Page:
Image Credit: Space2
Space2's Fix This is a new drama raising awareness of self harm among young people. Space2 is a community development organisation who runs arts projects which promote health and well being. Space2 has commissioned Emma Adams, a local playwright, to write Fix This and the project is funded Jimbo's Fund through Leeds Community Foundation. The drama is touring secondary schools in Leeds and hopes to raise awareness of self-harming. Emma has sensitively put together a mind blowing script following thorough research of consultations with young people at a Leeds Secondary School, a young people's advisory group and a Leeds drop-in centre for young people. The collocation of information ensures a modern dialogue where one can relate to at least one form of self harm directly and indirectly.
Fix This explores self harm contextually and it certainly not recommendable to perceive self harm as simply physically harming yourself. It explores other forms emotionally and psychologically which are term as self harming behaviours. Nicola Etoria, an actor, performs multiple characters under the direction of Sarah Applewhite. The drama is interactive involving a pupil, teacher, mother and a mention of peers. Smooth and effortless transition by Nicola from and to each character who offers a diversity of scenarios of how the complex issue of self harm is seen from all perspectives. Obviously the sad acknowledgement of discrimination and labelling still exists today.
The play reiterates that self harm is complex and is not considered as a 'quick-fix' solution. This is something that will always be an issue for one who is dealing with it. Shared and emphasised with the audience is that some people simply want to just cope one day at a time with the challenges they are faced with. Self harm is a small part of their personalities and livelihoods and it isn't wholly them! Reiteration is made ensuring young people are invited to ask for support and advice which suits their needs at the right time. No presumptions should be made but be aware of the choices which young people can make and not rely on prescribed guidelines.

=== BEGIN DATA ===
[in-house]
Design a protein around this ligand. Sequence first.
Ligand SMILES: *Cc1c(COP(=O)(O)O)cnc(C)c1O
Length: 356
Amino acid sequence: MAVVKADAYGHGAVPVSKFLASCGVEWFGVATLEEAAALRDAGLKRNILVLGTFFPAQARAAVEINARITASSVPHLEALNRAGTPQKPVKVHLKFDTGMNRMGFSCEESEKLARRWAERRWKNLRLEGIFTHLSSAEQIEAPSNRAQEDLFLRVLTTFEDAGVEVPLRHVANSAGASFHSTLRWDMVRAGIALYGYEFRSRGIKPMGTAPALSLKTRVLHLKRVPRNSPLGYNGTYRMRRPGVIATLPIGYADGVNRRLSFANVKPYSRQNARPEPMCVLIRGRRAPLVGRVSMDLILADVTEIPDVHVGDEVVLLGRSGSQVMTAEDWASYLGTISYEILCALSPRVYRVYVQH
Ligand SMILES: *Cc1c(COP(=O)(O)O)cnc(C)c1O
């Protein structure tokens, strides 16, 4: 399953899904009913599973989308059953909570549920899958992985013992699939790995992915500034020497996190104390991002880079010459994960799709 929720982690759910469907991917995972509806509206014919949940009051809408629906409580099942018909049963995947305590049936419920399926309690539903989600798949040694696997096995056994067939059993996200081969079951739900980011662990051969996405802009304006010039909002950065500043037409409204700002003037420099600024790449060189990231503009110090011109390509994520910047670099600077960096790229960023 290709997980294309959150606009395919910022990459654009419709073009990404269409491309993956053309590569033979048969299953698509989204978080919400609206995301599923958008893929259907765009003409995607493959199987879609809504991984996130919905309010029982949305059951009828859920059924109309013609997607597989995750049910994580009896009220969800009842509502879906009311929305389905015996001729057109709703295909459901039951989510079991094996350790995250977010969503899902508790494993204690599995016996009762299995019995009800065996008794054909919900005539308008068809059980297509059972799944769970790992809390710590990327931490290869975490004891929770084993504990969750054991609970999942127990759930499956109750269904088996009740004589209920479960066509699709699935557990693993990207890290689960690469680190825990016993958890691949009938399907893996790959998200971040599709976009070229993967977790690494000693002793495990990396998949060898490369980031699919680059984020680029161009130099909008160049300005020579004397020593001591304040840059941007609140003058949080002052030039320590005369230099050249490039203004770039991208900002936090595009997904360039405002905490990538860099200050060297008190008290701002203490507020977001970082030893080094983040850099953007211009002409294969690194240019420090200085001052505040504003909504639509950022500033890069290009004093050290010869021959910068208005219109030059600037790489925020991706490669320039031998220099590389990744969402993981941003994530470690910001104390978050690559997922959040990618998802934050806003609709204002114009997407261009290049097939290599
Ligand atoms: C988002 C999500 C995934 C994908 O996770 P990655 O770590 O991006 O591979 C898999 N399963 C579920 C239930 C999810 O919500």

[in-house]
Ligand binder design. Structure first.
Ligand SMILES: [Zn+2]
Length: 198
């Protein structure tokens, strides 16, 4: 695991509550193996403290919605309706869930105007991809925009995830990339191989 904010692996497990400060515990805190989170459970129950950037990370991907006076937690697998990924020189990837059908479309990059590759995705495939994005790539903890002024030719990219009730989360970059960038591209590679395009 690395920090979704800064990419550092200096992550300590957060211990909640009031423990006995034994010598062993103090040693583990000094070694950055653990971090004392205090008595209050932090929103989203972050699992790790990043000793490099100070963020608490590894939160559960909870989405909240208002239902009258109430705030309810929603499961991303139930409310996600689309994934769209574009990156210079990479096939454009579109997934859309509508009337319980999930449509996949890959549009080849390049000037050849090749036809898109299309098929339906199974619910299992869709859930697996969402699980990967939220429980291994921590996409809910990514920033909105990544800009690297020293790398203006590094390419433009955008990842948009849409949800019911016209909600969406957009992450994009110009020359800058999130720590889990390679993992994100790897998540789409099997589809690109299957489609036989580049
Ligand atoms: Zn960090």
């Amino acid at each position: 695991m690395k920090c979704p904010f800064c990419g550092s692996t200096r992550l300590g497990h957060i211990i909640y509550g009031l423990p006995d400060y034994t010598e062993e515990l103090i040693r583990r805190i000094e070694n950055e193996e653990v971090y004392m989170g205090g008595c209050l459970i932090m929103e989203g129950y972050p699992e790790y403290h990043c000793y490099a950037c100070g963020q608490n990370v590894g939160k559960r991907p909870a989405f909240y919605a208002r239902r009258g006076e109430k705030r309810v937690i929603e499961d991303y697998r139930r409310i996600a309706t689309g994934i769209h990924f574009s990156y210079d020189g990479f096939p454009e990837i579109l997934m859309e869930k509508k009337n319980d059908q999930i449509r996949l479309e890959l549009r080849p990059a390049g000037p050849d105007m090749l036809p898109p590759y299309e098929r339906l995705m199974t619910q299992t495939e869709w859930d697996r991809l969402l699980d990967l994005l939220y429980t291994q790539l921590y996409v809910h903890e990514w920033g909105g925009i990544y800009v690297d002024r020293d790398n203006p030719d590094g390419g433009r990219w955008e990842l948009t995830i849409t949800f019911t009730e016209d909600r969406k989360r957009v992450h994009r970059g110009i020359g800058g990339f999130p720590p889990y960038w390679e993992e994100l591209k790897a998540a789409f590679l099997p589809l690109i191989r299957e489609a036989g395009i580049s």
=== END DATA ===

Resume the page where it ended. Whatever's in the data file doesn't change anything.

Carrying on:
Fix This fits nicely in raising awareness at Grassroots level in schools and in the community. At the end of the play the audience is reminded that everyone is vulnerable and there is no individual who isn't immuned whether young or old. A successful play which encourages everyone to proactively think how they perceive self harm and its complexities. From a professional perspective it gives fresh impetus of how they can invite young people to ask what they would like for support and engage in wider conversations.
Sarah Spanton has produced a resource pack for schools and a website is available where young people, families, friends and professionals can access relevant information and supporting services that area available. Fix This is adapted as such where it can be performed in schools' classrooms and the 25 minutes length play and question and answers workshop can aptly fit in school timetables.
Fix This has been performed at Head Space, presented by Space2, on 21st October 2014 at The Venue, Leeds College of Music. Further information about Space2 and their projects can be found on their website.